The cost of living in a few decades will be far greater than what it costs to maintain a comfortable lifestyle today. The effect of inflation on your savings should not be underestimated and should be taken into account.
“Inflation is insidious, occurring in increments over time without being really noticed by the general population. But a snapshot of what things cost just over a decade ago provides a telling picture,” said said PSG Wealth.
According to a Broll retail report, a loaf of white bread cost R5.89 in 2008. Today it costs around R15.81. This represents an increase of 168%. Likewise, compounded by both the effects of inflation and increases in the “sin tax”, a box of cigarettes costs three times as much as it did in 2008.
Fear and greed are stumbling blocks for savings
“Fear and greed” are terms you may hear frequently used by financial advisers, PSG Wealth said.
“In a very broad sense, these emotions are two of the most important drivers of financial behavior that affect how people spend and save money. From a broader perspective, these two emotions play an important role and often irrational in the performance of financial markets around the world.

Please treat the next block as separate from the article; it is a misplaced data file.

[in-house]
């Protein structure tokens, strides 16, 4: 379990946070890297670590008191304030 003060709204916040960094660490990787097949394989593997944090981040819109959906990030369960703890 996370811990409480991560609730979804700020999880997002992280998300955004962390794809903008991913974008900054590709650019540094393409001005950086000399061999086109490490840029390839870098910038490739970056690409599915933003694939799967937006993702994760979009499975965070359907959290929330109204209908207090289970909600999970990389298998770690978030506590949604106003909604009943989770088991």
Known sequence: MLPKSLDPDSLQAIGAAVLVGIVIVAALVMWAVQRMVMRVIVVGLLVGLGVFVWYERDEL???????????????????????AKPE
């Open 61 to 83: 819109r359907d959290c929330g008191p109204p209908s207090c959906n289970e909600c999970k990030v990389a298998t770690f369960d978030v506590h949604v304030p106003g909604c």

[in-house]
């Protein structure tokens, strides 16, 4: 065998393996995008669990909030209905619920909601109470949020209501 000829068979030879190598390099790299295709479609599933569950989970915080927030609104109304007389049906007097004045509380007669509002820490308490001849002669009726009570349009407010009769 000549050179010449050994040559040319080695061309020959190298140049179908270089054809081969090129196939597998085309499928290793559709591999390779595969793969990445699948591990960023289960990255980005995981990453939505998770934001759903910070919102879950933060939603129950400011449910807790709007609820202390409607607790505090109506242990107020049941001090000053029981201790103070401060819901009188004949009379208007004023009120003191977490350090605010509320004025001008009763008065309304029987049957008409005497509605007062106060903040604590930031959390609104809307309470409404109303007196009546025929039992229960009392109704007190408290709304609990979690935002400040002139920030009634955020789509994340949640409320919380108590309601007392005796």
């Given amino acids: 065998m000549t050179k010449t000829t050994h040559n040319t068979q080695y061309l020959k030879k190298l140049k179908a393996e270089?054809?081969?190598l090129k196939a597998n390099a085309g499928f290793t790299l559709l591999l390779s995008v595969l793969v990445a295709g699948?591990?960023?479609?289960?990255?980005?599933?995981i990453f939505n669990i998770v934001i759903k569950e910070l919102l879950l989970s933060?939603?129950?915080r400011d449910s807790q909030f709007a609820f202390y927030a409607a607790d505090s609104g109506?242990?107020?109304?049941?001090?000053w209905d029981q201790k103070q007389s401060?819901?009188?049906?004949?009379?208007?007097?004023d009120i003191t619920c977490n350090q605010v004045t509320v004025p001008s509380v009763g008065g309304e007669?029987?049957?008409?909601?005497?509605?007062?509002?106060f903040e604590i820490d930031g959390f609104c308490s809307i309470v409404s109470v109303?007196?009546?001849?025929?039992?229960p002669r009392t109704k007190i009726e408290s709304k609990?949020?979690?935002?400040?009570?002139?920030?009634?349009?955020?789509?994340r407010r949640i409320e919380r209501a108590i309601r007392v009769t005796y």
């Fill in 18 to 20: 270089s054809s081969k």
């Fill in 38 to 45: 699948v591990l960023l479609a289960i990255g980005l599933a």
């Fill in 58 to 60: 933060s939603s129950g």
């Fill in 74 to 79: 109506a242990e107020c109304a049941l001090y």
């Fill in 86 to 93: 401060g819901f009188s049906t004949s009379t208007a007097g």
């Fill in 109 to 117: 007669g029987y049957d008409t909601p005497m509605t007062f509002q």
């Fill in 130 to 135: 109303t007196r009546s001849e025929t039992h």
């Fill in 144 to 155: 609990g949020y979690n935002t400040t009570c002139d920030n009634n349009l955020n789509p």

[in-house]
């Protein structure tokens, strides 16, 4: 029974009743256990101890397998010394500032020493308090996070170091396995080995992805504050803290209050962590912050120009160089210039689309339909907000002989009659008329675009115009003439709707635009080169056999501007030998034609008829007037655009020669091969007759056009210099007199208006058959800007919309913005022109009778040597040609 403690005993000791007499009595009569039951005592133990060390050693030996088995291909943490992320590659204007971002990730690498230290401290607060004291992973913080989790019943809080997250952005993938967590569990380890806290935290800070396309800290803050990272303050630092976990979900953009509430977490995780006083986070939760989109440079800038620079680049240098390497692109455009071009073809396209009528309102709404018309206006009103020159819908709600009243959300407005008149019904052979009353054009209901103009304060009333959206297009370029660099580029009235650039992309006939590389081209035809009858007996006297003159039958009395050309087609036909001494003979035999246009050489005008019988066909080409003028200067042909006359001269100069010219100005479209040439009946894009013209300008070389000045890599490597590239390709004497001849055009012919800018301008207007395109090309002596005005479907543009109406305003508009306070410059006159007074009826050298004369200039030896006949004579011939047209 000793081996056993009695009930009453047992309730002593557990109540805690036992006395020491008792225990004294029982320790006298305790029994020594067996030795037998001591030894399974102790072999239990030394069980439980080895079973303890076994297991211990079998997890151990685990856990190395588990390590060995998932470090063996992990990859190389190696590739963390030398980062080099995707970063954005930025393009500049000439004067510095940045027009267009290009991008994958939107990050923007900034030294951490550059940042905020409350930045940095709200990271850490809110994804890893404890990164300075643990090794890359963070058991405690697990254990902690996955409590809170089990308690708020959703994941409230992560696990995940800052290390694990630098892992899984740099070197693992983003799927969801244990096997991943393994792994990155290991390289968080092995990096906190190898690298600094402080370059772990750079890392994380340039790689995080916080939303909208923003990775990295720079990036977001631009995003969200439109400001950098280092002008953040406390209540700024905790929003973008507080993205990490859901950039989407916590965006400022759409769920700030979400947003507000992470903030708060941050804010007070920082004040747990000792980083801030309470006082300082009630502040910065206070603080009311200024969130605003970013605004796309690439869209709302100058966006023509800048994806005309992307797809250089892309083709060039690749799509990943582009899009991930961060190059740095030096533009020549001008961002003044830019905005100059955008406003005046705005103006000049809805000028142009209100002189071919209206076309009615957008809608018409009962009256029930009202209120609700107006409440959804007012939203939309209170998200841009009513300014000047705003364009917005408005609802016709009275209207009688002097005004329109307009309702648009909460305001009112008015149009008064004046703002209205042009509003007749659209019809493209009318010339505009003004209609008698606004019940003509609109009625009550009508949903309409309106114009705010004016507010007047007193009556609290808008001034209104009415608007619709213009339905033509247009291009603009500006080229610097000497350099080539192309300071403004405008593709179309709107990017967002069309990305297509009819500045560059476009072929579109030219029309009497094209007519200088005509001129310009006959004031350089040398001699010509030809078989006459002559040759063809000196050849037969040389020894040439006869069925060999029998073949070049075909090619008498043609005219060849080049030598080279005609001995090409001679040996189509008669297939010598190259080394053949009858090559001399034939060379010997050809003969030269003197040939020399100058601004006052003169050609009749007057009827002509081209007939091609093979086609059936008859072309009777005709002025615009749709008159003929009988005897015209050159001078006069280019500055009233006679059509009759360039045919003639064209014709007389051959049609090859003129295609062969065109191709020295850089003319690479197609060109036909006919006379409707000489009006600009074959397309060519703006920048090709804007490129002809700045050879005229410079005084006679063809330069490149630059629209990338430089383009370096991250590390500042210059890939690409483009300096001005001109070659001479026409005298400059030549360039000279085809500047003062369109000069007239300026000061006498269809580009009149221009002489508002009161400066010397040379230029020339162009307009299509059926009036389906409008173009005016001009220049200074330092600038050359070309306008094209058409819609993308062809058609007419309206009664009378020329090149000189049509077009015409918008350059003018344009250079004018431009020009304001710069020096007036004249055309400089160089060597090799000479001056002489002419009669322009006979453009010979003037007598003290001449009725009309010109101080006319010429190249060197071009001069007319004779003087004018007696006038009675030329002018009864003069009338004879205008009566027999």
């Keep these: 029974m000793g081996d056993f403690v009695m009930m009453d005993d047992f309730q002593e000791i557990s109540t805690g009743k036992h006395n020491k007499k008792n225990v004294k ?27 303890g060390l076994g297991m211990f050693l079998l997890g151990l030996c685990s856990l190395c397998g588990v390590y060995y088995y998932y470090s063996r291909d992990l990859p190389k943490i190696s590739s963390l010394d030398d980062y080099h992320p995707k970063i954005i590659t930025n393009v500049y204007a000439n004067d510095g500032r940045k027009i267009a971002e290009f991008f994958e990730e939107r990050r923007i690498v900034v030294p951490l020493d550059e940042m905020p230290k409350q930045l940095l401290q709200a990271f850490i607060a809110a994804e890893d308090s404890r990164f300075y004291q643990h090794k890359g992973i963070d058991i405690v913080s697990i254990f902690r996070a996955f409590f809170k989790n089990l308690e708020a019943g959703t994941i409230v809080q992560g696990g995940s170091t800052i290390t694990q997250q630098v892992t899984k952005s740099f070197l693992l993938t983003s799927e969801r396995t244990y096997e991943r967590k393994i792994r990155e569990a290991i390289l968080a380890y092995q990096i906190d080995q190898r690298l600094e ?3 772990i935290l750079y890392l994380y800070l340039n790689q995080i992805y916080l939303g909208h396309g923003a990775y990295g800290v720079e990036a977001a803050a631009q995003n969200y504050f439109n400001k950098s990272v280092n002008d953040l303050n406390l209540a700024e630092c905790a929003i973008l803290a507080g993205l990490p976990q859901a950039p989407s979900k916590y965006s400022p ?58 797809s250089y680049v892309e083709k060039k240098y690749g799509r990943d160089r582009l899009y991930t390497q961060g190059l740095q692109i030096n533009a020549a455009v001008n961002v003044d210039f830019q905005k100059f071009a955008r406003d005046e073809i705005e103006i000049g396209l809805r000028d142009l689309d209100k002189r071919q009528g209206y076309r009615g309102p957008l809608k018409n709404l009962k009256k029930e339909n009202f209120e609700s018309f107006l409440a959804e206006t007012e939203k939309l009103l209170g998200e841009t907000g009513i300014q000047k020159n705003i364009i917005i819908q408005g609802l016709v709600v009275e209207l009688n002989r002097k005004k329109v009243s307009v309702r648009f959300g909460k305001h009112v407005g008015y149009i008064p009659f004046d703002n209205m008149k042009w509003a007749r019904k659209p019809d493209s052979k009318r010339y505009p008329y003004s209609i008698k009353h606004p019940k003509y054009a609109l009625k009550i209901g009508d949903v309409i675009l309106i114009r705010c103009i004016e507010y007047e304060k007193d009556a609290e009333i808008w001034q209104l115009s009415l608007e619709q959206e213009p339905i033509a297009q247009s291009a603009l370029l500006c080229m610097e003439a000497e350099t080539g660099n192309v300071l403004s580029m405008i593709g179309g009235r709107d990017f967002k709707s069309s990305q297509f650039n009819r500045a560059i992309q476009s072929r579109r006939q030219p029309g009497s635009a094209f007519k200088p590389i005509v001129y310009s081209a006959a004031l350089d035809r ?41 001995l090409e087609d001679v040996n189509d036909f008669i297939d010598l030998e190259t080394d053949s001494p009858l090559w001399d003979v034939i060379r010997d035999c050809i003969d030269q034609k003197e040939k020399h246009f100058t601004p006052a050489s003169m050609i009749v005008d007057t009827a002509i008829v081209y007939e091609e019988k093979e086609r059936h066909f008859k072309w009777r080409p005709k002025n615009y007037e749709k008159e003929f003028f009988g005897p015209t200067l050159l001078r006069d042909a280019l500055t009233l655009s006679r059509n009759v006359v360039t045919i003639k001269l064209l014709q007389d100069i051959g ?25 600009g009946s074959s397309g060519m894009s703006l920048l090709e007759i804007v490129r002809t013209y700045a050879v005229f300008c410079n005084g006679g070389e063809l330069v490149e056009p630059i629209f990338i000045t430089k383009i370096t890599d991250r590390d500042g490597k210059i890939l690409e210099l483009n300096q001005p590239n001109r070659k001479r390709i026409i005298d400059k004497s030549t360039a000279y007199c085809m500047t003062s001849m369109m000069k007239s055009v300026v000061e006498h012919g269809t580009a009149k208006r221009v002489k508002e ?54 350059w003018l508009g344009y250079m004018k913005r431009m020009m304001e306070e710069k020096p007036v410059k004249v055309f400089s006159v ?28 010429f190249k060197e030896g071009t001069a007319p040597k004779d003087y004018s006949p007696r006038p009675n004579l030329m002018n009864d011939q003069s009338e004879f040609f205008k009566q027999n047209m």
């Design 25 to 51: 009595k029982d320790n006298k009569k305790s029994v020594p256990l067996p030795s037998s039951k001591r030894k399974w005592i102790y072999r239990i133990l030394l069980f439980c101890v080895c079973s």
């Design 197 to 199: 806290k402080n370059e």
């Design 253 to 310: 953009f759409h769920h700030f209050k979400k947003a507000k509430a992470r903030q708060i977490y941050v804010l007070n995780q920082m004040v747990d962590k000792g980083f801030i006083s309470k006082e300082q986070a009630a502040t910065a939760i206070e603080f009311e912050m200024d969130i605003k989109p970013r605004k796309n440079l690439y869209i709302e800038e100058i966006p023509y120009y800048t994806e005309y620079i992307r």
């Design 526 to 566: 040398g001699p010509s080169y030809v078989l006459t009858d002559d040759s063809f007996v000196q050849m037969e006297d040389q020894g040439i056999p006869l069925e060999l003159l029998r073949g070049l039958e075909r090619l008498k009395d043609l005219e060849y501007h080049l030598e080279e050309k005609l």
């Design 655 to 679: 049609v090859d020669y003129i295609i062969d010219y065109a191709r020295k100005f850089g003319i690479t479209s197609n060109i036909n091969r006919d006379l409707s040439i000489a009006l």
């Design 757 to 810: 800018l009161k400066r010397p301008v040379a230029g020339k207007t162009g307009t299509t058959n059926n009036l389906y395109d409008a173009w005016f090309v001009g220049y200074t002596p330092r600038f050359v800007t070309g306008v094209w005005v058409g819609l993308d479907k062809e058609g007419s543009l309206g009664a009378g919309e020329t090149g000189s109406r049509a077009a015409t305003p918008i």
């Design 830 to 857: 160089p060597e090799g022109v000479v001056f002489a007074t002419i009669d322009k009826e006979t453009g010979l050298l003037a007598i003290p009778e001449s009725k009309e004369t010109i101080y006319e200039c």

In an initiative to improve and encourage better savings behavior, the South African government has created Tax-Free Savings Accounts that allow individuals to save a limited amount of money without tax liability.
There are stipulated caps on the total contributions that can be made to the Tax-Free Savings Account. Currently, South Africans can invest up to a maximum of R500,000 per lifetime, with account balances potentially exceeding this amount due to interest accrual, the financial services company said.
So how much should you have saved?
T. Rowe Price, a global investment management firm, said ssavings benchmarks based on age and salary can be a useful way to track progress toward saving for retirement. He said that ssaving 15% of income per year (including any employer contributions) is an appropriate level of savings for many people.